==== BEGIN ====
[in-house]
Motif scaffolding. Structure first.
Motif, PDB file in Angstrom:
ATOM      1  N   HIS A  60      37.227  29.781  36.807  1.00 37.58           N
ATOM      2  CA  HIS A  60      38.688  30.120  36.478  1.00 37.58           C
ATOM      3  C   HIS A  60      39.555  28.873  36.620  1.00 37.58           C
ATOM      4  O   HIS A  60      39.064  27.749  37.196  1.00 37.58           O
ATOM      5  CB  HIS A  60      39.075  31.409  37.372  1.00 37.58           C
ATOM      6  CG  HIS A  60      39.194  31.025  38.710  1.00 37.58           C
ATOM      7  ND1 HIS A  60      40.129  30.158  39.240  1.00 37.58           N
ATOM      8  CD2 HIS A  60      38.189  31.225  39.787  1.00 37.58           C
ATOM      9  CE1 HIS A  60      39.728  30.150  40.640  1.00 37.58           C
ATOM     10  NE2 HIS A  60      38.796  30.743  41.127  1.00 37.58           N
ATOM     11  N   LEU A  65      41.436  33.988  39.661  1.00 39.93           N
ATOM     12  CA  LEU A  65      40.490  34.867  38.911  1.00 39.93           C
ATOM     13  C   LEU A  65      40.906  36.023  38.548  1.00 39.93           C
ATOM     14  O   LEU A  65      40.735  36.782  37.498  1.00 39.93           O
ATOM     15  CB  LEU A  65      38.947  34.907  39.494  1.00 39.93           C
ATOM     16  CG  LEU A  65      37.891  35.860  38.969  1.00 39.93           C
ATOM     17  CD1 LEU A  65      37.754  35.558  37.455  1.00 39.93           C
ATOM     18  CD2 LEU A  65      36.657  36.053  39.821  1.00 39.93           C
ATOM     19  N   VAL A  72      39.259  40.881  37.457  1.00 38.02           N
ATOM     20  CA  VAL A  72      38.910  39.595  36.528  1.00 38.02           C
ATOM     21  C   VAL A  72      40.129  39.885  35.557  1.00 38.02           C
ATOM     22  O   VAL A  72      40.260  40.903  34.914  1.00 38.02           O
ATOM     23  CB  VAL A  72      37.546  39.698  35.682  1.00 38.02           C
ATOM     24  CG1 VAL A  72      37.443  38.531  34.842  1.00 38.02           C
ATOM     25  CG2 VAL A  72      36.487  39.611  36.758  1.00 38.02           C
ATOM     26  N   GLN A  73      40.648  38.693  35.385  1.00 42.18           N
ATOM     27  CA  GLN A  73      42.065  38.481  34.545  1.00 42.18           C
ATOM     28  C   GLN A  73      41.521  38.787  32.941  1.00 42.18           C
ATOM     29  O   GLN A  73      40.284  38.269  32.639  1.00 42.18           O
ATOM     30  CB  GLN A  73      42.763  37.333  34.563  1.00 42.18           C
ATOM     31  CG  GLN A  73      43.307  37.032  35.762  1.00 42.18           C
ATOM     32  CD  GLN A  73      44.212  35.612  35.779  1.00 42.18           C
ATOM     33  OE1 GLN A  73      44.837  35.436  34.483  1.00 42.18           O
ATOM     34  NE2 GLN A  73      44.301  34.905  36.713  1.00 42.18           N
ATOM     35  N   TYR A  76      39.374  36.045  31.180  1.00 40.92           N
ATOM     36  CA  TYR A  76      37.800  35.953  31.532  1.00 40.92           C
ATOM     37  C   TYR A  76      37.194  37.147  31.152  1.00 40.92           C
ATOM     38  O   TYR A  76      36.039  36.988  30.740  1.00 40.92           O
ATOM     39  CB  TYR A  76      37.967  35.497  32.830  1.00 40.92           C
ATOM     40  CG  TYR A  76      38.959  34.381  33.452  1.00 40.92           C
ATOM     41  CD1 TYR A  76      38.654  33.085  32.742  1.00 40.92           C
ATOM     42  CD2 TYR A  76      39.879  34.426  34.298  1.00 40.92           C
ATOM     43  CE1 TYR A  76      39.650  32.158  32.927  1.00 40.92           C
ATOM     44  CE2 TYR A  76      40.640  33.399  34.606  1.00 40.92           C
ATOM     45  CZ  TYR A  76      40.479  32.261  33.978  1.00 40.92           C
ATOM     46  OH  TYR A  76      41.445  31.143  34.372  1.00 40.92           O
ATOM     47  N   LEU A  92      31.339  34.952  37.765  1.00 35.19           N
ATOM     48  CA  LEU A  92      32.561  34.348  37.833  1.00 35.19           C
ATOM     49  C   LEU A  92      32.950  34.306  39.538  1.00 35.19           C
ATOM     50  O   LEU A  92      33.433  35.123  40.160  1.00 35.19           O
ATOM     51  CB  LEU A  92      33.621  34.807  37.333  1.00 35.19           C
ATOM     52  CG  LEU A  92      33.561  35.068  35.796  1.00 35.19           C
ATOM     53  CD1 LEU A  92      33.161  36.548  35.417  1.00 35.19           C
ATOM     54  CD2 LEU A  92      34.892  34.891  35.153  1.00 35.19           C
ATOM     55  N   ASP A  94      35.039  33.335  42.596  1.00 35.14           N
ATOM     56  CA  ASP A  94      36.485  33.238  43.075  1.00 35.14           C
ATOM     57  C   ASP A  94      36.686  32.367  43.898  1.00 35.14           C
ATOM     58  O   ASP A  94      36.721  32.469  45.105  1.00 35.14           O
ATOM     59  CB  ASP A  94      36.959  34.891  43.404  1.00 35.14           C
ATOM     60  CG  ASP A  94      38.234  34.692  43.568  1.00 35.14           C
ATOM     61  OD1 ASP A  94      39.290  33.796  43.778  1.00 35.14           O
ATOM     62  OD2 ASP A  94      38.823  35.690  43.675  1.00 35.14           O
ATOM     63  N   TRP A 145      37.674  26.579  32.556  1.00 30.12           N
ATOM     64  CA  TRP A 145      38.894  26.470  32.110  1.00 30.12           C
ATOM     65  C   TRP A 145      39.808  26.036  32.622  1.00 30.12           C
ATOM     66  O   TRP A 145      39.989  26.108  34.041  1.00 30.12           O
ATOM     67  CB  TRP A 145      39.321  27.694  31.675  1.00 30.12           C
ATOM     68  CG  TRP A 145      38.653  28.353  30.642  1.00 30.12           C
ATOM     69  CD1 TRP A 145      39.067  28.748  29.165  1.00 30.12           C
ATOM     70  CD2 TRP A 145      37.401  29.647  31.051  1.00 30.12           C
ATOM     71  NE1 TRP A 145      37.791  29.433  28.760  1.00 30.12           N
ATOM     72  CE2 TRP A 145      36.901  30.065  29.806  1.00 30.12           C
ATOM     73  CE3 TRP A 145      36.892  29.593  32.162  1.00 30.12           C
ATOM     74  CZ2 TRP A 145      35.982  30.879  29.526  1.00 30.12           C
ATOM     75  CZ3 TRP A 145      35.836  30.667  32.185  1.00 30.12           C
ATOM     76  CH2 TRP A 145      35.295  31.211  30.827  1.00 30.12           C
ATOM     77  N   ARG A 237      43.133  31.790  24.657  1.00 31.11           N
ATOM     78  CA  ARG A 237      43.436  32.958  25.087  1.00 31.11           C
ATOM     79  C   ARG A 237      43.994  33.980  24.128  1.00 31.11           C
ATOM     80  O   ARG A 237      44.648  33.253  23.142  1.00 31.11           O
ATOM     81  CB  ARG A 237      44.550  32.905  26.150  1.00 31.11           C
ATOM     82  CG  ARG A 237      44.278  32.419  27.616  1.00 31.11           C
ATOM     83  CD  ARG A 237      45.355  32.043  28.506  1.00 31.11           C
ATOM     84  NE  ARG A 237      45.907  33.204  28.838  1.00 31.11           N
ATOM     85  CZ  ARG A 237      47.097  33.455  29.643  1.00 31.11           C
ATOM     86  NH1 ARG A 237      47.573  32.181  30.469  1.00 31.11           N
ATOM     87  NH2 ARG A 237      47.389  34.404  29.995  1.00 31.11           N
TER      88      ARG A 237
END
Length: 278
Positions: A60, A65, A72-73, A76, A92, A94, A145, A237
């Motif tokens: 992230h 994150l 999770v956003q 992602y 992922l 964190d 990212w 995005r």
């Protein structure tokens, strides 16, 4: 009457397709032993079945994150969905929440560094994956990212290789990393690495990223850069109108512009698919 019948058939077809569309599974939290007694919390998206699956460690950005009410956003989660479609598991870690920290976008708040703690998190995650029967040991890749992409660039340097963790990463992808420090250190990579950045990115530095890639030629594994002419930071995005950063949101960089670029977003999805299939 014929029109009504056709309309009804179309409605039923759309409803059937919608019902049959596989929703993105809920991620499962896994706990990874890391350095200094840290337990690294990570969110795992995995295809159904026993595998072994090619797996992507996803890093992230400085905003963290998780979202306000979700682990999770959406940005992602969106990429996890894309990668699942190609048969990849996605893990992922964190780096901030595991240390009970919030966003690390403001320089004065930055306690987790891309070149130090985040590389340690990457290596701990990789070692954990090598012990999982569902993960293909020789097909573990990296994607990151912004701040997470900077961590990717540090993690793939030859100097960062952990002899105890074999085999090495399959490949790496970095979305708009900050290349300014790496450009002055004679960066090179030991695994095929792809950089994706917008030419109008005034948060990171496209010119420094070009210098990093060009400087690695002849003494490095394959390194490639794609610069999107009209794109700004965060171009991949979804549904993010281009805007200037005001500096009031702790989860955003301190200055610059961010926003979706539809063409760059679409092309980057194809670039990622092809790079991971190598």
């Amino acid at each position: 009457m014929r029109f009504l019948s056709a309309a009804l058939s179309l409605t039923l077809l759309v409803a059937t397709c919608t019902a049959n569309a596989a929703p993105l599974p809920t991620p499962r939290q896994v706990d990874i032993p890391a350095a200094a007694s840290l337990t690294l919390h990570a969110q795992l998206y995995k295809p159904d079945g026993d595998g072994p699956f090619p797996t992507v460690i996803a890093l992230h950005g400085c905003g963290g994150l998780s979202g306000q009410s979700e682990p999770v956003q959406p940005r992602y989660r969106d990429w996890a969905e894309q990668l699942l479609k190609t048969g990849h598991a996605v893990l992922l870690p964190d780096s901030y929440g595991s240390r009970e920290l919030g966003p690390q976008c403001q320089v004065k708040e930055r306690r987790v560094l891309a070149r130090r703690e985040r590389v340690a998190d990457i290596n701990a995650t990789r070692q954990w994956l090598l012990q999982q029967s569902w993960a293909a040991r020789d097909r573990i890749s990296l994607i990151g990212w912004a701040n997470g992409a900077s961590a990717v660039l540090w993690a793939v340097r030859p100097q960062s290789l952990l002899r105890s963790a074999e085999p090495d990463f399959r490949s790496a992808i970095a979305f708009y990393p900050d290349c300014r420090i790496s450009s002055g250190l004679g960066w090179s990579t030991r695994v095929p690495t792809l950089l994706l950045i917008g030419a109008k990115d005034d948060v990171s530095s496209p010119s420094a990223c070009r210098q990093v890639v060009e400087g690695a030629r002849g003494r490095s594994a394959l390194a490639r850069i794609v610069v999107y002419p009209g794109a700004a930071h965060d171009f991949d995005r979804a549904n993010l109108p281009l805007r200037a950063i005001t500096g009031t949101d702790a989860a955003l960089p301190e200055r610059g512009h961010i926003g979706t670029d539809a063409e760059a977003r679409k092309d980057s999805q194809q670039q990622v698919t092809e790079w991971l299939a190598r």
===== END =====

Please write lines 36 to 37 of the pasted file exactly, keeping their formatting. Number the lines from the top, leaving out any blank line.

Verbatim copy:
ATOM     33  OE1 GLN A  73      44.837  35.436  34.483  1.00 42.18           O
ATOM     34  NE2 GLN A  73      44.301  34.905  36.713  1.00 42.18           N